Fall has arrived in the Great Lakes. Waterfowl are on the move and its time to get ready for waterfowl and upland game seasons to begin.
Fall also brings another change- the Great Lakes are all beginning their seasonal water level decline of about 1-3 inches on average.
But, did you know that Lake Huron, for example, is already almost 2 feet below its long term average and 9 inches below last year’s level?
Add that decline to our extreme drought conditions throughout the upper Great Lakes region during spring and much of summer and it no doubt exacerbates the seasonal decline.
What does this mean for waterfowl hunters?
Well, the Michigan DNR today reported that waterfowl hunters throughout Saginaw Bay will see low water levels that could make for challenging hunting conditions this season.
As a result, many hunting zones may not be flooded and wildlife managers are currently pumping water as conditions allow to provide habitat for waterfowl.
The good news is that despite low water conditions, the Michigan DNR reports that duck and goose numbers are currently very good. Numbers of diving ducks, such as scaup and redheads, are up this year and opportunities for deeper, open-water hunting of these species should be abundant. They suggest that hunters just need to scout and adapt strategies for shallow water in order to find success this season.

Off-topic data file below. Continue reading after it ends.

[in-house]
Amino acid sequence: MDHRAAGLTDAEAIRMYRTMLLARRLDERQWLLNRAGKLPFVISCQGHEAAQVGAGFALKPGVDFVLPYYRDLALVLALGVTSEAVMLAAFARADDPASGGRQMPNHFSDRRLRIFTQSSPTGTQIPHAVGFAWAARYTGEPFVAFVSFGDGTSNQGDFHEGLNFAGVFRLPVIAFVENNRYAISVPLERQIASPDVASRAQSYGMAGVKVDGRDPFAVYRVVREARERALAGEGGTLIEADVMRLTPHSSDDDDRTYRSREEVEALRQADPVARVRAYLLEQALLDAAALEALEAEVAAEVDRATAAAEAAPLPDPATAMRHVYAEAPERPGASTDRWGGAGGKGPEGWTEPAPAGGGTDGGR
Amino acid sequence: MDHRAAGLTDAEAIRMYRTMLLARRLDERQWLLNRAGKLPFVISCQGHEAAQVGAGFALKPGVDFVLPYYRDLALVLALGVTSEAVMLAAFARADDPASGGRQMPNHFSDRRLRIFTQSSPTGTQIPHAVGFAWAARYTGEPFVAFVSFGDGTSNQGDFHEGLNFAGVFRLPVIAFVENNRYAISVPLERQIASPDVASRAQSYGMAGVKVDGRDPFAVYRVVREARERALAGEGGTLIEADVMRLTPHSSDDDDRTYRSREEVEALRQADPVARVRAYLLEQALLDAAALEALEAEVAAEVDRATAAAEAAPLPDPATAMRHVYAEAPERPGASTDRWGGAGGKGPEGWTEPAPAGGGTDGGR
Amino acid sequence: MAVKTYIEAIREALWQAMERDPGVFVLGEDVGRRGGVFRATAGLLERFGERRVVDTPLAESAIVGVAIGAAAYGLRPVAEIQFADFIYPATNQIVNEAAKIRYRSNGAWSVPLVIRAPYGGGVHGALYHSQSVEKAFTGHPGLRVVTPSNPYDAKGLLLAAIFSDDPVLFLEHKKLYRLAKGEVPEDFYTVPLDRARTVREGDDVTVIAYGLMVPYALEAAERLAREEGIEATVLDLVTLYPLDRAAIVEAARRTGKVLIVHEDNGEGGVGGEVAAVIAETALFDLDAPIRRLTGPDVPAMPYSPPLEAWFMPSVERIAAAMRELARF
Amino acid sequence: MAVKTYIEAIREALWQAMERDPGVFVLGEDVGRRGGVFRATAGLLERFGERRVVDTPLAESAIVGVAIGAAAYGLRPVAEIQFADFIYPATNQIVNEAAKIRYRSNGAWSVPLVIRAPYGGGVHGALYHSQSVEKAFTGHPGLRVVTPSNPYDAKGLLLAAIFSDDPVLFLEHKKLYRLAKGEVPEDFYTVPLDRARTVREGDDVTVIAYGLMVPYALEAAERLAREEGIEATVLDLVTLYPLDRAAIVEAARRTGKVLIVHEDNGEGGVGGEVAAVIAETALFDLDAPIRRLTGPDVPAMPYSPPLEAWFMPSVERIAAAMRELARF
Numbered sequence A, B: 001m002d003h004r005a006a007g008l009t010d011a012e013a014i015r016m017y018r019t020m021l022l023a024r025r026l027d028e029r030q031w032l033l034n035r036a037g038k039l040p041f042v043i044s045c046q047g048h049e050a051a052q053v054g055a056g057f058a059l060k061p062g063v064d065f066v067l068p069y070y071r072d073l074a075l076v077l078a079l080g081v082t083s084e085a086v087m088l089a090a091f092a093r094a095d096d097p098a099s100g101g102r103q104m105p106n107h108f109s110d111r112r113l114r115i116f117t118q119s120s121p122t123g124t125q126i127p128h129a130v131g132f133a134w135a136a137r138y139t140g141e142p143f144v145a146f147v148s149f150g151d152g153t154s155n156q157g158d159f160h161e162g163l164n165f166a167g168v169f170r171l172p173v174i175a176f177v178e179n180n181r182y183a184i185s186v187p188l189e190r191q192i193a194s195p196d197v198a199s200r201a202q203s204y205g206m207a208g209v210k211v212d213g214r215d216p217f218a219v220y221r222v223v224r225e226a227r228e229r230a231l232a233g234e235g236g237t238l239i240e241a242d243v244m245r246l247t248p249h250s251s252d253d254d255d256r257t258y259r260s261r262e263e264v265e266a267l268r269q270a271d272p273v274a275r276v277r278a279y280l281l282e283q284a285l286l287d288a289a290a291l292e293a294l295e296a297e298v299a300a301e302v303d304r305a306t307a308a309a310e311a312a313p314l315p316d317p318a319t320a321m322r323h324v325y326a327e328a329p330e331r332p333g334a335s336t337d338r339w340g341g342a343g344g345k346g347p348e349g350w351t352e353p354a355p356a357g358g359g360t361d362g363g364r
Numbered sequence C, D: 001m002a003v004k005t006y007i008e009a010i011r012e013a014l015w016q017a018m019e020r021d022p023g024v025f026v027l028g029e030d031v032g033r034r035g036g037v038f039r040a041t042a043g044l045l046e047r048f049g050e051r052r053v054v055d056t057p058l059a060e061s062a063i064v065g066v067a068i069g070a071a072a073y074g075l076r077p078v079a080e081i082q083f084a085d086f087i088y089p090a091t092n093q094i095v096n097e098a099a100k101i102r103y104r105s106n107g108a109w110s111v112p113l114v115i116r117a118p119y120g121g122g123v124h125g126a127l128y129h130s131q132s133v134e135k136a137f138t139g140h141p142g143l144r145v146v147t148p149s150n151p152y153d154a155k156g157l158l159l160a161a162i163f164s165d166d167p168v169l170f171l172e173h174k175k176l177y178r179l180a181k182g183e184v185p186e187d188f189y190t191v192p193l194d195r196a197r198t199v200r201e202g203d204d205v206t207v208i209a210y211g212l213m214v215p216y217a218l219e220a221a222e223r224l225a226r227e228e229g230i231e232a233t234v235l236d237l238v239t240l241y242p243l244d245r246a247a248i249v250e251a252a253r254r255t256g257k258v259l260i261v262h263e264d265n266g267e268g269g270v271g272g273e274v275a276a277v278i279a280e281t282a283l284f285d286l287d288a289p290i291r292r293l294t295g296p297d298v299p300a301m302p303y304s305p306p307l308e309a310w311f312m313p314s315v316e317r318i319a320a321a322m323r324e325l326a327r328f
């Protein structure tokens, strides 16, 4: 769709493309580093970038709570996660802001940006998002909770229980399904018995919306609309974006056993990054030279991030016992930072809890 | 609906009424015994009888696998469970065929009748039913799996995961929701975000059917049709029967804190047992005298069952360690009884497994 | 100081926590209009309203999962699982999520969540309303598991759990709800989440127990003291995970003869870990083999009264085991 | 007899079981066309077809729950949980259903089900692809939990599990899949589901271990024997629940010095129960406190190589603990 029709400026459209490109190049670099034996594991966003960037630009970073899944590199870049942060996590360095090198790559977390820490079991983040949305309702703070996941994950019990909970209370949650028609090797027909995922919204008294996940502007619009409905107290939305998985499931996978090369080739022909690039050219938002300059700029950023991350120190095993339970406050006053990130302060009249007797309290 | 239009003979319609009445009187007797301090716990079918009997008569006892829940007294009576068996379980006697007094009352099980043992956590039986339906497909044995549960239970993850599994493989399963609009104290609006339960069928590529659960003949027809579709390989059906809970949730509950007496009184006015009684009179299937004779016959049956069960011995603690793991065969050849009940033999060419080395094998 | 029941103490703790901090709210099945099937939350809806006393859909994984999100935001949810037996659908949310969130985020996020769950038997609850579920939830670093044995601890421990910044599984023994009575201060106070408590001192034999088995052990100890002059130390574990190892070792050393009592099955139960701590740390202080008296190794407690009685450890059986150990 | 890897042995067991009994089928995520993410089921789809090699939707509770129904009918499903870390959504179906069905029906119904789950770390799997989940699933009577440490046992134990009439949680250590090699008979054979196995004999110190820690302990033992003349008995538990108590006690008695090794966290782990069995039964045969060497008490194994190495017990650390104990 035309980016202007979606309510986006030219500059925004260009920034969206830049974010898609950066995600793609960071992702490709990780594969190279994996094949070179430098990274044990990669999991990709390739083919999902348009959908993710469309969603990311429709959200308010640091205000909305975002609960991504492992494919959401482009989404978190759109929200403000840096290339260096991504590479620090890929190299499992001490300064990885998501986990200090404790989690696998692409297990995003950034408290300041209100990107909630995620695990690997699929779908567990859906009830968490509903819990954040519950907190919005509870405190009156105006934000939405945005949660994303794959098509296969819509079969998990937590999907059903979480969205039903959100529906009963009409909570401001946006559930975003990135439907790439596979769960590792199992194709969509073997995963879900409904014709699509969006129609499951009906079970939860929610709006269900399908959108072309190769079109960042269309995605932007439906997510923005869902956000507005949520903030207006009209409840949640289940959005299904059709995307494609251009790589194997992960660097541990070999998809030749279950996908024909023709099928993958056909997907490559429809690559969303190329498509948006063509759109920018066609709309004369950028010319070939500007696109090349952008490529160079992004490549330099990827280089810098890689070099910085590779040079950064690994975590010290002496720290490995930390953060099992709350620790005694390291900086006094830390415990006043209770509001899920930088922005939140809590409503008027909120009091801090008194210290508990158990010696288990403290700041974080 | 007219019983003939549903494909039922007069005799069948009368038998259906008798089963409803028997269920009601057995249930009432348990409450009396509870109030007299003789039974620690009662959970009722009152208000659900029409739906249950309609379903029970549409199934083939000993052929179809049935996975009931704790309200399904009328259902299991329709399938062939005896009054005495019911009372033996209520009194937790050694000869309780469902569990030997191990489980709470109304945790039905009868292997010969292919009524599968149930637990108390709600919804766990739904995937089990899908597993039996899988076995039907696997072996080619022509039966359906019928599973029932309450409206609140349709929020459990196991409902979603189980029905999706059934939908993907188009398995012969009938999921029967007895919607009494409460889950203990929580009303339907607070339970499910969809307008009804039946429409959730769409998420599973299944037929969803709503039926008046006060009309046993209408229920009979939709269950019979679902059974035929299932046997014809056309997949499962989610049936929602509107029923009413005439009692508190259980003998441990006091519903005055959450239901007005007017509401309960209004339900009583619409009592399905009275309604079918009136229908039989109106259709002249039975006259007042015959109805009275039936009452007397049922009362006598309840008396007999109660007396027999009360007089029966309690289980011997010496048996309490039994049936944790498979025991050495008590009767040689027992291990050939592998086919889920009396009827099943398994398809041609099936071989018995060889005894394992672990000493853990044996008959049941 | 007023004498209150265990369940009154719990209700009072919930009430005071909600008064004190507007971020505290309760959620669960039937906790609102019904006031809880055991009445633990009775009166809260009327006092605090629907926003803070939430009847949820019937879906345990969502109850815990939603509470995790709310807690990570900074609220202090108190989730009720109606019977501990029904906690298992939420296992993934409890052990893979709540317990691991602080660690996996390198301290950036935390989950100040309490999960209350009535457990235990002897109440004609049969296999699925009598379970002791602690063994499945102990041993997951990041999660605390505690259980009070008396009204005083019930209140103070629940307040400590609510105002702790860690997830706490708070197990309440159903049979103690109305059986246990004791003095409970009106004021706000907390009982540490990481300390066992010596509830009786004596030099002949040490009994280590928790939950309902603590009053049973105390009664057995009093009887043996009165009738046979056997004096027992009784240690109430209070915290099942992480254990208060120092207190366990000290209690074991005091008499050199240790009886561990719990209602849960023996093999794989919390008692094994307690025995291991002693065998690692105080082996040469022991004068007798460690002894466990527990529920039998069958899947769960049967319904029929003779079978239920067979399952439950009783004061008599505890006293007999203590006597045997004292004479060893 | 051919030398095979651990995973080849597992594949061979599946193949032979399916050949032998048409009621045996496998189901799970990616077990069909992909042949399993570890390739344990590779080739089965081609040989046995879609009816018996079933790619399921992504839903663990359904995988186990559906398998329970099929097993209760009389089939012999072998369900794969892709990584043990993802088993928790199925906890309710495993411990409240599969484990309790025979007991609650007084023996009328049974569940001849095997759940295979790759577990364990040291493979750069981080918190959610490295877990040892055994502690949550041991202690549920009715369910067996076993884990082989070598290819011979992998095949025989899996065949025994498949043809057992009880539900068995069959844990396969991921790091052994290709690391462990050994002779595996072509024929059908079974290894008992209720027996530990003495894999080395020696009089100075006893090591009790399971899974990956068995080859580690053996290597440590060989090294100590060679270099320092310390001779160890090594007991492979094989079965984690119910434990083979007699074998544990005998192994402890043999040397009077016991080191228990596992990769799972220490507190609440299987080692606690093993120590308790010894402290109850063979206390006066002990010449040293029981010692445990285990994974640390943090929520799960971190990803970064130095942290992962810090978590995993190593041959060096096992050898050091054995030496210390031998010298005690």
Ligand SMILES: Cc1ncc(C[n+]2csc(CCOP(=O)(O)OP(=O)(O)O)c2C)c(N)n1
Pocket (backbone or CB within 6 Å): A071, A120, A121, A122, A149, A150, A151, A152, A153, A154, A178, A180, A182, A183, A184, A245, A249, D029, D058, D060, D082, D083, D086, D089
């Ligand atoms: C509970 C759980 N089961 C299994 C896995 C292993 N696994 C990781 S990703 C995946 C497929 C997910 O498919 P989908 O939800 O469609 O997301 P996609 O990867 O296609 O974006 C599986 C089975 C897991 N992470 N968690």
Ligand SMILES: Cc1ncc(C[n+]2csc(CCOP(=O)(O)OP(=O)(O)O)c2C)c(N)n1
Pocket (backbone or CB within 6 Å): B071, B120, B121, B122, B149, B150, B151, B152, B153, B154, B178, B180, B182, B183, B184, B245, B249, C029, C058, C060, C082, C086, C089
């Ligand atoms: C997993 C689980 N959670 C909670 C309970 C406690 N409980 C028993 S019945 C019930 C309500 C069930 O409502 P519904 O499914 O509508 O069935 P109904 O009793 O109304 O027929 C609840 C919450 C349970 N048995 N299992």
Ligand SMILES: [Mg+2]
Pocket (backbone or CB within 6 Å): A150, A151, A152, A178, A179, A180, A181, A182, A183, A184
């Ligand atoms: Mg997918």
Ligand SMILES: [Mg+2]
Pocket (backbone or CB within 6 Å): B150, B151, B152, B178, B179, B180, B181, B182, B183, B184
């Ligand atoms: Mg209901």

Are these lower lake level conditions expected to continue?
Given the extreme weather events we are starting to see in the Great Lakes: barely no snow this past winter (I took the kids sledding once…once); intense rain and flooding events; the early high spring temperatures that caused our cherry’s and apples to bloom too early then freeze; and the extended drought conditions that nearly wiped out our corn harvest this summer have perhaps given us a snapshot of what to expect in the future.
Is this the face of climate change?
For more information about this, a great place to start is at Beyond Seasons End. This is a great site exclusively for wildlife and fisheries professionals confronting the threat of climate change.
You ever hear the old adage: No Water, No Ducks, No Hunting. Well…this could be the case in certain areas of the Great Lakes if we continue to see the extreme weather events that are linked with climate change.
If the DNR is asking hunters to adapt new strategies in order to find success, perhaps we should start focusing on wildlife adaptation strategies to make our fish and wildlife more resilient to climate change.